The island community, with its seven voluntarily beleaguered writers, is hard to believe in. We cannot know their writing – that besetting novelist’s problem of evoking a text in the medium of a text. Nathan and Mary’s fellow writers are only thinly present as physical and emotional beings – Louis the historian and nice old gent, randy Lynda, her husband Richard with his withered arm, Ruth who specialises in prison documentaries. This supporting cast rarely interact in their own right and are brought on mainly to bitch at each other during the dreaded Meetings. At one of these Nathan opines that ‘we all come here, I suppose, to shut up. We stop the words.’ So they are in a kind of passive therapy, which lasts, according to the chapter headings, from at least 1990 to 1997. Could this happen, or to put it another way, have we here a parable of creative solipsism, the apparently static self-absorption of the writer’s days and years, rather than a realistic fiction? Nathan, for all his self-hatred and destructive compulsions, is made the mouthpiece for many a heartfelt truth about the writer’s vocation, addressed to his unacknowledged daughter in his role as tutor: ‘All the rosy fortune-telling about your wonderful, promising career, disregard. You are who you are already, that’s what lets you write, defend it, keep it simple and ... clean.’ And again: ‘That’s, that’s ... the words, you see – you can’t wish them here when they’re not, you can’t stop them when they are: they’ll fill your life, make your life, eat your fucking life. They can’t belong to anyone. They’re like land – it’s not in their nature to be owned by anyone and if you try it, they’ll choke you.’

Nathan’s own words are anything but ‘simple’ and ‘clean’, so far as we know, and involve the maltreating of penises, arseholes, eyeballs and teeth. It is a chief ground of his self-hatred that he has made his living by mediating his torturous visions. He is not disesteemed for this in the island community, or in the London literary world, which is the locale for several sequences of virulent satire. Did the editors at Cape wince or even swoon with delicious humiliation as they saw themselves excoriated? Perhaps to publish so extreme a cartoon of their own milieu is itself a case of the masochism which lies near the heart of A.L. Kennedy’s vision.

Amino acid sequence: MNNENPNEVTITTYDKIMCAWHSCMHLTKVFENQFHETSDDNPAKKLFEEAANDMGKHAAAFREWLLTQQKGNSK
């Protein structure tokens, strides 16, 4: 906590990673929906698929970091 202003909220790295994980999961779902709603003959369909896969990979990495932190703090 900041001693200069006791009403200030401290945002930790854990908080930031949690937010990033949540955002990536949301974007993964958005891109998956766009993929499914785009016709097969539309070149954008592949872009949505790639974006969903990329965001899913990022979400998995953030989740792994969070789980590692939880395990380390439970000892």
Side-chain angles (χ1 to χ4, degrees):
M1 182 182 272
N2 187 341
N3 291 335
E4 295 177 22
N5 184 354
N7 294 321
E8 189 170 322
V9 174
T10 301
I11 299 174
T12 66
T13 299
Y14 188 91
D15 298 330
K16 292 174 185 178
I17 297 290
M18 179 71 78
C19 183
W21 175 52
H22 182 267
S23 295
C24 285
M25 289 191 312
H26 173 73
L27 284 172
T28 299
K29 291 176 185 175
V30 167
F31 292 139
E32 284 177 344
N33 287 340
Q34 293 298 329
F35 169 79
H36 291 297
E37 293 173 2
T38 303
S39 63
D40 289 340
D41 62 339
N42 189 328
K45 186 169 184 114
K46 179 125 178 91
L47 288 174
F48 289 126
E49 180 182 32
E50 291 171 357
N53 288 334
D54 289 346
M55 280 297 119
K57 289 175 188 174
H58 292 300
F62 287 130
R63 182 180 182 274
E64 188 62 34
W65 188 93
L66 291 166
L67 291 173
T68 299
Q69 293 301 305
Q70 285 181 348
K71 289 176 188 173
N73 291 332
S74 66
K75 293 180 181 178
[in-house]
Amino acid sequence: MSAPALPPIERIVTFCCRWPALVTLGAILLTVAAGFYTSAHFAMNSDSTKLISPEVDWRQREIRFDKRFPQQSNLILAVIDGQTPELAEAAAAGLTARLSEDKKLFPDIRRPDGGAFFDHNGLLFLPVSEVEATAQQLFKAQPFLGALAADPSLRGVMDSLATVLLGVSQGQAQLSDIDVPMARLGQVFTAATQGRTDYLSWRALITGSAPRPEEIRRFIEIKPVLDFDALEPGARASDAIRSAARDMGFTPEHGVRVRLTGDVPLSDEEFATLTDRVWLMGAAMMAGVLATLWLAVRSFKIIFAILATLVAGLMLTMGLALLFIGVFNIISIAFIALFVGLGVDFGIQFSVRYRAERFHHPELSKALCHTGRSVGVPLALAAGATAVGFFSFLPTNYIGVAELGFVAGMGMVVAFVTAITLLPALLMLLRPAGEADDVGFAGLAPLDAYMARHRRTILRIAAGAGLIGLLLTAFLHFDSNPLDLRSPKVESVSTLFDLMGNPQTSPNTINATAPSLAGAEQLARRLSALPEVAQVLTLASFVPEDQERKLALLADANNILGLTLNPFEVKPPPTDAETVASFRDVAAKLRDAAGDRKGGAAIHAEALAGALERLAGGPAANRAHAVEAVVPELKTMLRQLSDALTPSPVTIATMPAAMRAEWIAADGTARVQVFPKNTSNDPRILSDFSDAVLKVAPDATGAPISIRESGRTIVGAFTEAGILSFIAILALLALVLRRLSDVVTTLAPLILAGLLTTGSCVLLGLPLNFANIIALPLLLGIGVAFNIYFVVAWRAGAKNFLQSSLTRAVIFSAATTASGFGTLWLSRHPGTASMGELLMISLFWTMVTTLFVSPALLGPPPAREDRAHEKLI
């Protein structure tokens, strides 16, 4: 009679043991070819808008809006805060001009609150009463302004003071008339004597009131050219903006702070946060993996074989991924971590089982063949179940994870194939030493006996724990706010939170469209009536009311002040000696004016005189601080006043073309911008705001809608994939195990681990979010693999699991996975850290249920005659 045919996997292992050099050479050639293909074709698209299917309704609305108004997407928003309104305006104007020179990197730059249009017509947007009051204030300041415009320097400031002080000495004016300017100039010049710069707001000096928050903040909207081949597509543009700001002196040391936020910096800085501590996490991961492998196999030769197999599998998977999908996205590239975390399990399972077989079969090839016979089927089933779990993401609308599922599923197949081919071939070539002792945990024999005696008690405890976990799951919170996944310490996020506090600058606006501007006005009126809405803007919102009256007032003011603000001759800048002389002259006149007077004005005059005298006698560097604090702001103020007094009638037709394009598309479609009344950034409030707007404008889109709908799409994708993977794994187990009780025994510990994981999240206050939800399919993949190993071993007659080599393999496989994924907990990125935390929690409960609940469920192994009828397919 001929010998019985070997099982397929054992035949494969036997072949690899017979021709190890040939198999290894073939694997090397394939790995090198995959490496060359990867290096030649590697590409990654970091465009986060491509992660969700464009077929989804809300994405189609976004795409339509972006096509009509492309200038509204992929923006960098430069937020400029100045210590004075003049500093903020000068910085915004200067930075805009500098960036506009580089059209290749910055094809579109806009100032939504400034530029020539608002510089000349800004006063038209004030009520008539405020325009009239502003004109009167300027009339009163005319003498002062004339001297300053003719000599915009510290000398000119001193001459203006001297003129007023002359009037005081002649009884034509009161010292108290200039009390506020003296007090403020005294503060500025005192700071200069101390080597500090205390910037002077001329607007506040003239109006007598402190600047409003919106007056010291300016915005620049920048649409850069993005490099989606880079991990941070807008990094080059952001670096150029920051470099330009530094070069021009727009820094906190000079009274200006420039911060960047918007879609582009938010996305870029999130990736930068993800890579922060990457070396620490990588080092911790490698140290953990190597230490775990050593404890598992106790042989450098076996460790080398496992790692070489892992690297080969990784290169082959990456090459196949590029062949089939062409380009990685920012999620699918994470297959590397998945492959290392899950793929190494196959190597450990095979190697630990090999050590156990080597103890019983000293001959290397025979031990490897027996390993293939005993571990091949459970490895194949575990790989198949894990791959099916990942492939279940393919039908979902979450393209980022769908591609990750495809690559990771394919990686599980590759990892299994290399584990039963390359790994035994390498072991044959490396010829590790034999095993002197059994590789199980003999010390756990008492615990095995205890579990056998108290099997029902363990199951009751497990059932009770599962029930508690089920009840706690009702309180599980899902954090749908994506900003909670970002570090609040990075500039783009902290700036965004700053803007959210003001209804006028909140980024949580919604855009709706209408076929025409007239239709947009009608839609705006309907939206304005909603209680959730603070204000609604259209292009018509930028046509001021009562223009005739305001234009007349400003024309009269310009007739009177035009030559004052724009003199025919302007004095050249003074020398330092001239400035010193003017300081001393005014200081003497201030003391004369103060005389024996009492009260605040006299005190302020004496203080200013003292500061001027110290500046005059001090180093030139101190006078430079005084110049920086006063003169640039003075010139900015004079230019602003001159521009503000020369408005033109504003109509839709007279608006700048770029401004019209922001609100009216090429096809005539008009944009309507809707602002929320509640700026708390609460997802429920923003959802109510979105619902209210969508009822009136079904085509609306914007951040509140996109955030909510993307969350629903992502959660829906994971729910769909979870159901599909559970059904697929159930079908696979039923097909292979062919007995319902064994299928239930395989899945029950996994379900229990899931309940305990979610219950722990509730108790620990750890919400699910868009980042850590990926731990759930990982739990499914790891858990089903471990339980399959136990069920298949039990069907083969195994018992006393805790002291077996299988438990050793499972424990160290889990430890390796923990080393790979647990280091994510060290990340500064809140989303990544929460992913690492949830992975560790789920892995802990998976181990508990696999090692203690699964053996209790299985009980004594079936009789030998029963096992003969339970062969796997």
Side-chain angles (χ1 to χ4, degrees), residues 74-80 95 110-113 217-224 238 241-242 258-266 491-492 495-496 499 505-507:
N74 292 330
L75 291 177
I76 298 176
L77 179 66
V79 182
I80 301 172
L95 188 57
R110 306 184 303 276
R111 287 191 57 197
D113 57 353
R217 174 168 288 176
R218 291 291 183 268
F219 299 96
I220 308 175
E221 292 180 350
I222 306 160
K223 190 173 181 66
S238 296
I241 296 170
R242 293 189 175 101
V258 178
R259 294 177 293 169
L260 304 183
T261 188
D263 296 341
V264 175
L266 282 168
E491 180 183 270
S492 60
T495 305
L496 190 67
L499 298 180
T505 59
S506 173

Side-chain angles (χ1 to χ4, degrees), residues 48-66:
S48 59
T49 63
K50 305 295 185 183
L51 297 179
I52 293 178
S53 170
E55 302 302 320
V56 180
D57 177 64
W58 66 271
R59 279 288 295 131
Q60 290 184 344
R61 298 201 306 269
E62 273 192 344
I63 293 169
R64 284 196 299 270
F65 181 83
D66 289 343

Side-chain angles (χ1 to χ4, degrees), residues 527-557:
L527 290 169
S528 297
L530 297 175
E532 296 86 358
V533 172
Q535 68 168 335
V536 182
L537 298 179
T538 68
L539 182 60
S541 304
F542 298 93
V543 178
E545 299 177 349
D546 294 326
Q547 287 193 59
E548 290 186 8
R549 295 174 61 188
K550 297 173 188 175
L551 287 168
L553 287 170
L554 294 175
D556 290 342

The strand in the novel which came home to me as a recognisable image of behaviour was the homelife of the two uncles, Bryn and Morgan, with their love for each other and for Mary, their routines in the cramped Welsh town, Morgan’s struggle with emphysema, Bryn’s dandyism and fondness for Latin. When Morgan dies, he is bitterly grieved for and richly remembered. If the Josephs and Ruths and Lyndas and Richards have no such life to write about, they are indeed bound to stew in their own scalding, curdled juice. Neither their writing nor their characters, however, count for much. It is Nathan’s sensibility that dominates, and what we know of it is in a sense this novel itself. His own work-in-progress, on-camera, is an unremarkable autobiographical novel about his lost wife and his demeaning effort to be close to her once again. His paying work, off-camera, is a kind of horror fiction which he teaches himself about by setting up a mantrap in which (inadvertently or by design) he nearly scalps himself (and nearly dismembers his beloved dog). In a country which no longer tortures people, or only at a distance, there has to be room for an art which grapples with the more deadly twists of private behaviour to which we’re prone. It is perhaps because Kennedy is dealing with nightmares and not with atrocities that she has had to situate her book on a chimerical island and people it with women and men who have less reality than the specialist in unease and self-disgust in whose head we are virtually enclosed.